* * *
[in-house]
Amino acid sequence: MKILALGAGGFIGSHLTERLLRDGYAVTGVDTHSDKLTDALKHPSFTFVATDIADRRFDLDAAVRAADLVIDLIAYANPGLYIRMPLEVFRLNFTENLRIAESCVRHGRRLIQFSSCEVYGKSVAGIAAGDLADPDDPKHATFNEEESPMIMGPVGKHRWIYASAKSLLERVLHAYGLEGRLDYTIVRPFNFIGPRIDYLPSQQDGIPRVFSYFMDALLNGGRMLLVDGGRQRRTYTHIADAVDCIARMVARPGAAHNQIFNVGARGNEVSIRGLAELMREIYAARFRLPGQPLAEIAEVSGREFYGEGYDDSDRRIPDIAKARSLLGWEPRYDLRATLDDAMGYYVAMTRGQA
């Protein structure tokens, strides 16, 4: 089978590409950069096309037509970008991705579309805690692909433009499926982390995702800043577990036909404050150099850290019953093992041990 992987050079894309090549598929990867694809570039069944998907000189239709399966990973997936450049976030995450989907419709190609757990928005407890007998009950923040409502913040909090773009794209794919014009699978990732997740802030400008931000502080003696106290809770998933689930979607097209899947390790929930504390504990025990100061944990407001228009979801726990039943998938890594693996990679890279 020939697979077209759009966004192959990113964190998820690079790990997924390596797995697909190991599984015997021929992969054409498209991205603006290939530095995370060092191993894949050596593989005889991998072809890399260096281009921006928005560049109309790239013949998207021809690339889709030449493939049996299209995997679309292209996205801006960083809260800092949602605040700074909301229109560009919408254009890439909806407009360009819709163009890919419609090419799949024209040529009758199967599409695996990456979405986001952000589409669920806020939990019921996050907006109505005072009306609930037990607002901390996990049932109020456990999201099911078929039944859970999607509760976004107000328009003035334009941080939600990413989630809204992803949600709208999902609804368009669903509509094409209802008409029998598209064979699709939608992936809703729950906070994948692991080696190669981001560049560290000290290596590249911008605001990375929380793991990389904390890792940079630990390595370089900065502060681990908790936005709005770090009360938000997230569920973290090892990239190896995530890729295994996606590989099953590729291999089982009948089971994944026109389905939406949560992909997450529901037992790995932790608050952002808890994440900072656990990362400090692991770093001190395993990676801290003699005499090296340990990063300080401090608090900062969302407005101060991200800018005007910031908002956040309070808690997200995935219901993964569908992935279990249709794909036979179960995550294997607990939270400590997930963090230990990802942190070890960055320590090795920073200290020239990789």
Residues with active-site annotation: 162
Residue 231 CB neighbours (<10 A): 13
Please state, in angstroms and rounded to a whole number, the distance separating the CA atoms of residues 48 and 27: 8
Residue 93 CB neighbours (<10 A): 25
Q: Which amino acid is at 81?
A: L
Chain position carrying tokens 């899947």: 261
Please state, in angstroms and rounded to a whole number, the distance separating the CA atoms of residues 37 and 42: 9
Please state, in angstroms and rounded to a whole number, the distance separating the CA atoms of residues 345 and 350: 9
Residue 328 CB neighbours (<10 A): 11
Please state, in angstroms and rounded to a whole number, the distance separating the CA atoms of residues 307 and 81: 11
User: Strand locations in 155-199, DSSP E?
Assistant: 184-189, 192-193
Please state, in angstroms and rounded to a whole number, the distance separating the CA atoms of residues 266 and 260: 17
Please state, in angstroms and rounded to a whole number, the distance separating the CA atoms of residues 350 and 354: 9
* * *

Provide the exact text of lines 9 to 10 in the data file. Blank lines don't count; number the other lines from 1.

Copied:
A: L
Chain position carrying tokens 């899947």: 261